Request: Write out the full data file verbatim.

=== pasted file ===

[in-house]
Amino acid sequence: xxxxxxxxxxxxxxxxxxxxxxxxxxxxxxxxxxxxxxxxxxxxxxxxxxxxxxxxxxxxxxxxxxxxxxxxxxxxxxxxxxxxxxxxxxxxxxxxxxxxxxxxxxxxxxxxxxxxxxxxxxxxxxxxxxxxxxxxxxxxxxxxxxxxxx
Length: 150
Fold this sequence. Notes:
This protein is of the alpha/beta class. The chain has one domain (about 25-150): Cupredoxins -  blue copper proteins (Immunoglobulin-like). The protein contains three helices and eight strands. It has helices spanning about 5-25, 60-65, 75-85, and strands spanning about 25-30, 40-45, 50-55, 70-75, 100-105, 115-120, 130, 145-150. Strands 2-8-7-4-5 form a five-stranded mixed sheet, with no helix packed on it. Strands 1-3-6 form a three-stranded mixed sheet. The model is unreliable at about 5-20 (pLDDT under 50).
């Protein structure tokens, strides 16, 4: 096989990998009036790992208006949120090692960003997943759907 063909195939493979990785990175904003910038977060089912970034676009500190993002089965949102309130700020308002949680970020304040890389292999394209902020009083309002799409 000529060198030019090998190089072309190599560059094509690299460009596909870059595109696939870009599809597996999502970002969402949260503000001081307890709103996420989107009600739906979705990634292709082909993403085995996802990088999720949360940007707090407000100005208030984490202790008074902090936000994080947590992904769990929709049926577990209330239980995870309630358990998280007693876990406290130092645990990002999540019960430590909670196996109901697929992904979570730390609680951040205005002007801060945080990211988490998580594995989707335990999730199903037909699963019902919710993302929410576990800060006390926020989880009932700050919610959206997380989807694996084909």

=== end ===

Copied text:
[in-house]
Amino acid sequence: xxxxxxxxxxxxxxxxxxxxxxxxxxxxxxxxxxxxxxxxxxxxxxxxxxxxxxxxxxxxxxxxxxxxxxxxxxxxxxxxxxxxxxxxxxxxxxxxxxxxxxxxxxxxxxxxxxxxxxxxxxxxxxxxxxxxxxxxxxxxxxxxxxxxxx
Length: 150
Fold this sequence. Notes:
This protein is of the alpha/beta class. The chain has one domain (about 25-150): Cupredoxins -  blue copper proteins (Immunoglobulin-like). The protein contains three helices and eight strands. It has helices spanning about 5-25, 60-65, 75-85, and strands spanning about 25-30, 40-45, 50-55, 70-75, 100-105, 115-120, 130, 145-150. Strands 2-8-7-4-5 form a five-stranded mixed sheet, with no helix packed on it. Strands 1-3-6 form a three-stranded mixed sheet. The model is unreliable at about 5-20 (pLDDT under 50).
């Protein structure tokens, strides 16, 4: 096989990998009036790992208006949120090692960003997943759907 063909195939493979990785990175904003910038977060089912970034676009500190993002089965949102309130700020308002949680970020304040890389292999394209902020009083309002799409 000529060198030019090998190089072309190599560059094509690299460009596909870059595109696939870009599809597996999502970002969402949260503000001081307890709103996420989107009600739906979705990634292709082909993403085995996802990088999720949360940007707090407000100005208030984490202790008074902090936000994080947590992904769990929709049926577990209330239980995870309630358990998280007693876990406290130092645990990002999540019960430590909670196996109901697929992904979570730390609680951040205005002007801060945080990211988490998580594995989707335990999730199903037909699963019902919710993302929410576990800060006390926020989880009932700050919610959206997380989807694996084909």